“The Soldier” is poet, Rubert Brooke’s most famous poem and is part of a set of sonnets called “1914” that are all about war. He wrote these during World War I to express his idealistic visions of war. For a war poem, “The Soldier” is full of pride, propaganda and idealistic notions. This made sense since it was written leading up to the war when spirits were high and emotions wild. People were ready to give their lives for the nation in order to combat a great evil. Brooke’s poem would go on to inspire Britain’s servicemen in the early stages of WWI but most likely, his optimism and enthusiasm wouldn’t have lasted if he had lived past 1915.

The poem is a sonnet, divided into a Octet (ababcded) and a Sestet (efgefg). It’s neat, orderly structure inspires a sense of discipline, much like the army.

“The Soldier” starts out with “If” as to give the poem a dreamlike and surreal experience, full of pride and patriotism. “England” and the English are often referenced giving weight to its patriotic nature. Arguably, this could be a piece of propaganda. The Octet talks mostly about how a soldier’s death would enrich the land and give it to England. It is said that the dust of the English soldiers are superior to those of another country. England is also personified to give it a human and motherly touch. By casting his country as a beautiful motherly figure, he gives his nation a soft and caring touch.

Again, the poem is very idealistic, very optimistic and has a nature of propaganda. It inspires soldiers to fight for their country because of patriotism, honor, love and glory. It glorifies war and makes it seem like something to enjoy, not something to avoid.

Reading: http://www.truveo.com/Rupert-Brooke-The-Soldier-WW1-Poem-Animation-Movie/id/123651345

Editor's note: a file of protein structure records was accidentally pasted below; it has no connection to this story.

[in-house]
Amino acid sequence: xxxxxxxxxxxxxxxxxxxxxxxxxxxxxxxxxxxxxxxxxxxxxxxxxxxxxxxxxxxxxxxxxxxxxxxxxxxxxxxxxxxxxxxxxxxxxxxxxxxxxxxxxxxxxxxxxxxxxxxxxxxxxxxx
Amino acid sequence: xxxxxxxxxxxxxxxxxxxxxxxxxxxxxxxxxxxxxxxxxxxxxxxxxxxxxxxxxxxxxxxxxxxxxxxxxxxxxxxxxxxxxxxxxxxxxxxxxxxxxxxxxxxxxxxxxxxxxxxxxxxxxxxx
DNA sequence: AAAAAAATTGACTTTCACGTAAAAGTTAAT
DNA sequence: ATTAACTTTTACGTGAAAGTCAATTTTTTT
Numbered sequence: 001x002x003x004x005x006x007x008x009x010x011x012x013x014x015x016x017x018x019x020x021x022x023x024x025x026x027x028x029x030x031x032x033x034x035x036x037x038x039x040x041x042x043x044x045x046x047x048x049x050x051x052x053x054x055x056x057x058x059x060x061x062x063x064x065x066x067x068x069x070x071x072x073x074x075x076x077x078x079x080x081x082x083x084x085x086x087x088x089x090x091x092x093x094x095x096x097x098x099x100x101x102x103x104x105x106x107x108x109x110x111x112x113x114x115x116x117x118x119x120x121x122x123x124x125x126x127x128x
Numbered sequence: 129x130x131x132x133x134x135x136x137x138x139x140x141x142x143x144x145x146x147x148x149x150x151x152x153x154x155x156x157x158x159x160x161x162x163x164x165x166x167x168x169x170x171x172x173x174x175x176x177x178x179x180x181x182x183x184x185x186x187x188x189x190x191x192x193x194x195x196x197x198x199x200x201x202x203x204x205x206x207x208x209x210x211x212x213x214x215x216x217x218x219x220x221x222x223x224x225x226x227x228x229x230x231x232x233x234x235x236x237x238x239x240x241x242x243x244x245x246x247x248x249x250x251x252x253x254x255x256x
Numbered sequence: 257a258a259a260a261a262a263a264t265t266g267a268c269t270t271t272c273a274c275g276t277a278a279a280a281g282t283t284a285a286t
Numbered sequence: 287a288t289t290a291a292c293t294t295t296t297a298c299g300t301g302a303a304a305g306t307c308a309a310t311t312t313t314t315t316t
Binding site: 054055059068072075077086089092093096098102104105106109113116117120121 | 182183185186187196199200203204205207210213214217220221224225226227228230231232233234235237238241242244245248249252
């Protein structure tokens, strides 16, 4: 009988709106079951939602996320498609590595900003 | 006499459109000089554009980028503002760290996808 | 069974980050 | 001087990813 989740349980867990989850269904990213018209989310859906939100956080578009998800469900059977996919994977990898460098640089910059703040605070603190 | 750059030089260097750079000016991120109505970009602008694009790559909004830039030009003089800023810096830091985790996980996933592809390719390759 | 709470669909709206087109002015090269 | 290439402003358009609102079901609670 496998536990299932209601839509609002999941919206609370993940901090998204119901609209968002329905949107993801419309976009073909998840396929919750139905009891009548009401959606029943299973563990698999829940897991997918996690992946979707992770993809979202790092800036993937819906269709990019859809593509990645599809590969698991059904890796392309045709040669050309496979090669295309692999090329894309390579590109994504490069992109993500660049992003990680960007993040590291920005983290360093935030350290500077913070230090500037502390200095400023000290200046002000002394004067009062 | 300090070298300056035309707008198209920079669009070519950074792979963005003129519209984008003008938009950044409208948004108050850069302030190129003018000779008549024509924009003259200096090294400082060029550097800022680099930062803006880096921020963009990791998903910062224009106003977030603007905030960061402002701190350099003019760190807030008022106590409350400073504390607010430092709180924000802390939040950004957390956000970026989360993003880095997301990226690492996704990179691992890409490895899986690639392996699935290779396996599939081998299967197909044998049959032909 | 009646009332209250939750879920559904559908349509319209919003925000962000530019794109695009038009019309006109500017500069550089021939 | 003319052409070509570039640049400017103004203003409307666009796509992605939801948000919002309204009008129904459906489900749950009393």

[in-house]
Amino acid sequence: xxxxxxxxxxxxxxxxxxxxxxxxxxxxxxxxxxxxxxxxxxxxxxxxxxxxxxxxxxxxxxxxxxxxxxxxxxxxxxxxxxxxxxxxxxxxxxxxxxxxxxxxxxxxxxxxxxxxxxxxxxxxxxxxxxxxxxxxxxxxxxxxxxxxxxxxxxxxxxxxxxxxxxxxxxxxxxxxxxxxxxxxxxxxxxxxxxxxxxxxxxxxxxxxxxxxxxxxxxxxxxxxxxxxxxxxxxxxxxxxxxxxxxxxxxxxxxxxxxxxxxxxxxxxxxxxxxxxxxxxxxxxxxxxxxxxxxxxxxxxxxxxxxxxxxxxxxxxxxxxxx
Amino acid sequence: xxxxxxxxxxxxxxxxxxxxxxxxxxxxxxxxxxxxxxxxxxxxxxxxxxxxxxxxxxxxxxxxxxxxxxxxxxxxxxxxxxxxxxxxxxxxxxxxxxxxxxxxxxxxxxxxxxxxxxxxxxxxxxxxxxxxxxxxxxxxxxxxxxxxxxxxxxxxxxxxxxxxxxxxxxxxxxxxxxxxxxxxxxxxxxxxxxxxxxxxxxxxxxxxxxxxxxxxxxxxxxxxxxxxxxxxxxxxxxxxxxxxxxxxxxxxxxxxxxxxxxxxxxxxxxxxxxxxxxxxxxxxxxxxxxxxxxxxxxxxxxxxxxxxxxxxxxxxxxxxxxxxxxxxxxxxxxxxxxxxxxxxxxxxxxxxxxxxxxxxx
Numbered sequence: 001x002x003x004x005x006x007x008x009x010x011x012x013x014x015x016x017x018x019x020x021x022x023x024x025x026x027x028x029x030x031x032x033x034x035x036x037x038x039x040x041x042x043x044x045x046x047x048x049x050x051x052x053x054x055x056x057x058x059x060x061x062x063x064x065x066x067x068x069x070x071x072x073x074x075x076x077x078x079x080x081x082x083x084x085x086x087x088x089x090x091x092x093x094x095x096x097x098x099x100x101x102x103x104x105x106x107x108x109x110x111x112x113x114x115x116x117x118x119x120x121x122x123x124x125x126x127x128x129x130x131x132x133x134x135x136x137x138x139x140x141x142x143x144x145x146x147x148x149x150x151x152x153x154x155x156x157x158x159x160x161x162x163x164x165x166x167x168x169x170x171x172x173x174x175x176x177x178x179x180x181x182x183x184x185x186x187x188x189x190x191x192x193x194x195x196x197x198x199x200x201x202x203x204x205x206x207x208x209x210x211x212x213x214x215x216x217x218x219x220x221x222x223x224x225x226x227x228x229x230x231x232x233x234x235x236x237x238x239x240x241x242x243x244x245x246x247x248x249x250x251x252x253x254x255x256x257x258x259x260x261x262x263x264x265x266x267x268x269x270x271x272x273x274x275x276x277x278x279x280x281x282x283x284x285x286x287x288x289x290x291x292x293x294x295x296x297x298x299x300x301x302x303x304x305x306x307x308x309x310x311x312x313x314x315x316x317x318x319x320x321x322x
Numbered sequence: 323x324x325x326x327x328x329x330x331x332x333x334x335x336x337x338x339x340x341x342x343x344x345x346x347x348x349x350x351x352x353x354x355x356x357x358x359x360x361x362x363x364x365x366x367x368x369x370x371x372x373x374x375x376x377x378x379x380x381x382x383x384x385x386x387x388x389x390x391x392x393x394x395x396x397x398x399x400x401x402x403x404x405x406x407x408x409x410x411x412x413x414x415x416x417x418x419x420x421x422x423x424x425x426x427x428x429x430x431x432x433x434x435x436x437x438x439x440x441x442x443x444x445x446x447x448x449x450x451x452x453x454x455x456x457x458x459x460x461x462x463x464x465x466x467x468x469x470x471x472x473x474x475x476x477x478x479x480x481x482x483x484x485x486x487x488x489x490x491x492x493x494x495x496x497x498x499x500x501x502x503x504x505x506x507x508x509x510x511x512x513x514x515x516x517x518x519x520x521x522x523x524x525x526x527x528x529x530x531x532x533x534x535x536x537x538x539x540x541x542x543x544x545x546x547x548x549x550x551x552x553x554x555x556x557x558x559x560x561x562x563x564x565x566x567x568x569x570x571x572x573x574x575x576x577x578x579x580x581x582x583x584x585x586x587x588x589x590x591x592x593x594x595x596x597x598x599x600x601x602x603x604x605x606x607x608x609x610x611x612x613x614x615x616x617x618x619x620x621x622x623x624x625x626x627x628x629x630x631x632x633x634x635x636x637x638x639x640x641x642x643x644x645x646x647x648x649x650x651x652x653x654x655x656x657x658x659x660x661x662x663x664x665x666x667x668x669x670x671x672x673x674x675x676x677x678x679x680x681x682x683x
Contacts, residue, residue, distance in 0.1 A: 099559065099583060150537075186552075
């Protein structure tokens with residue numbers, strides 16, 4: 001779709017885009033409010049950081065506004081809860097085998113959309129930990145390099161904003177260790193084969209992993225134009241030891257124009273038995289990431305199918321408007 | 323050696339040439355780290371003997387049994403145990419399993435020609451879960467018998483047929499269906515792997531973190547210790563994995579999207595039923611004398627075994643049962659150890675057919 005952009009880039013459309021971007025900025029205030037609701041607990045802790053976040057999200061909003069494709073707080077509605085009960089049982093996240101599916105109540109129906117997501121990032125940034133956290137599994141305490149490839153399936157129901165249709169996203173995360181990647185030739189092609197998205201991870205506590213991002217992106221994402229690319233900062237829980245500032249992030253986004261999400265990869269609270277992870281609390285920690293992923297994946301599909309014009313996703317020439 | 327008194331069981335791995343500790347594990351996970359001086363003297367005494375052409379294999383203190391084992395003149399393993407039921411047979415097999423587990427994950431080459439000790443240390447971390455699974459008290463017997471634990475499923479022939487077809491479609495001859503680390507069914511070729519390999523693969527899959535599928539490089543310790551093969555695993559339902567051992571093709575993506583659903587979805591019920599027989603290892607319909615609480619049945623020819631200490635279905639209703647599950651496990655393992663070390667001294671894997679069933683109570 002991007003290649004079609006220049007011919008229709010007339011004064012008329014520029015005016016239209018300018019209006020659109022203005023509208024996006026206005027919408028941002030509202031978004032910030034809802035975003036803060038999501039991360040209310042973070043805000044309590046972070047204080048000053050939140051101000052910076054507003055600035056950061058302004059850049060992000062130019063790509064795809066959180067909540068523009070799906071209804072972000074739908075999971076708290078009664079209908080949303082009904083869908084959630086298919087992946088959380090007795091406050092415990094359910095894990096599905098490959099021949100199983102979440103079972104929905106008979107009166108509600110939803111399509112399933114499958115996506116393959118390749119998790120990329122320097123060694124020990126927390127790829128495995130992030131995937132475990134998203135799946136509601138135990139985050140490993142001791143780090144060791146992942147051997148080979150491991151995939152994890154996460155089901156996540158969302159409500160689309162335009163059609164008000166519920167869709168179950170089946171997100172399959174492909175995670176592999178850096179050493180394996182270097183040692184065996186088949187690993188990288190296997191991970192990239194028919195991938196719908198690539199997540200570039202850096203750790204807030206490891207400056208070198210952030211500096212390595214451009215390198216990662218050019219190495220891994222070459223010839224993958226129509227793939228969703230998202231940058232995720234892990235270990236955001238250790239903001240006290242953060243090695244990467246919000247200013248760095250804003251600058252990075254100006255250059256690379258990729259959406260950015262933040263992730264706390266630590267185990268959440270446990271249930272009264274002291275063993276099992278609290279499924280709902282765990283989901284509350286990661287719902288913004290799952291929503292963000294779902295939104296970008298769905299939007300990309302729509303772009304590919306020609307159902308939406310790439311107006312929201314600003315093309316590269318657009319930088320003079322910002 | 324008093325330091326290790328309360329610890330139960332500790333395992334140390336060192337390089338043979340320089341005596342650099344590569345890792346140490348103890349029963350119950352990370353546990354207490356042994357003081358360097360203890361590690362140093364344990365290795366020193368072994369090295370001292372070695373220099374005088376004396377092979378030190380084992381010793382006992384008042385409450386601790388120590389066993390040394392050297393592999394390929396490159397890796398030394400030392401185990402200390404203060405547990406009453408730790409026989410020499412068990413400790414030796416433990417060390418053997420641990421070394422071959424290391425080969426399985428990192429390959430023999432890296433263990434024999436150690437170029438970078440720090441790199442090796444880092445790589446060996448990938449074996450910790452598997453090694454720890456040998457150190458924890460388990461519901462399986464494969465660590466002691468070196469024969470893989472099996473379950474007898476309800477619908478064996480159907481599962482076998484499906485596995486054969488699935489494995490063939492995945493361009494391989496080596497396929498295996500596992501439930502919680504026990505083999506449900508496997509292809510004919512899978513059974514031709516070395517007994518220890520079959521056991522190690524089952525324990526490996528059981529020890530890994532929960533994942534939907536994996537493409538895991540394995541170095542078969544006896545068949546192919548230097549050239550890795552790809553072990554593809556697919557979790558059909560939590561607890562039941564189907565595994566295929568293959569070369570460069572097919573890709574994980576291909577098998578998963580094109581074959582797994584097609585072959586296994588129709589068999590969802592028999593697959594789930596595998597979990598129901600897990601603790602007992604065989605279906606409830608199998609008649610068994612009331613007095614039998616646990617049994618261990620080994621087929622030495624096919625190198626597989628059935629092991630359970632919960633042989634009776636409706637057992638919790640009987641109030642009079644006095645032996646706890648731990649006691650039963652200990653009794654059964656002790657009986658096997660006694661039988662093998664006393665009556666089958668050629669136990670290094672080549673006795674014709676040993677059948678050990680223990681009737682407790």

Evening News" by David Ferry - External Form

In Ferry's poem, we naturally jump from line to line like descending a staircase. The poem is done in an almost Q&A type form. A statement and a response, though some of the lines in the middle aren't case in that mold. It seems odd the sentences end on the right column except for the first sentence and sentences begin on the left column except for the second sentence.

I believe the author is making a criticism of the news and how in beautiful silence, some deaths are not covered and only from the distance is a village destroyed covered. However it is those sights that instruct our eyes and teach us about the world around us.

"beware : do not read this poem" by Ishmael Reed - External Form

I chose beware : do not read this poem because of its interesting title. It’s merely reverse psychology. Don’t read it? Ok I will. Anyways, the poem is very free form and the poet, Ishmael Reed, has done some interesting things with internal form, mainly with the use of white space and punctuation.(Like Cummings)

Externally, the stanzas are split into three parts. The first 3 stanzas are based around the story of a witch in her haunted house of mirrors. The next two stanzas are about poetry and how they compare to animals and mirrors. Finally the last stanza gives a statistic.

The first three stanzas don’t really make sense other than setting up the mirrors comparison. From my research, Thriller was a show back in the 60s and this particular narrative was one of the episodes they ran. Why any of this happened is not certain and the poet never explains but mainly, this section is to set up the concept of mirrors and their devouring nature.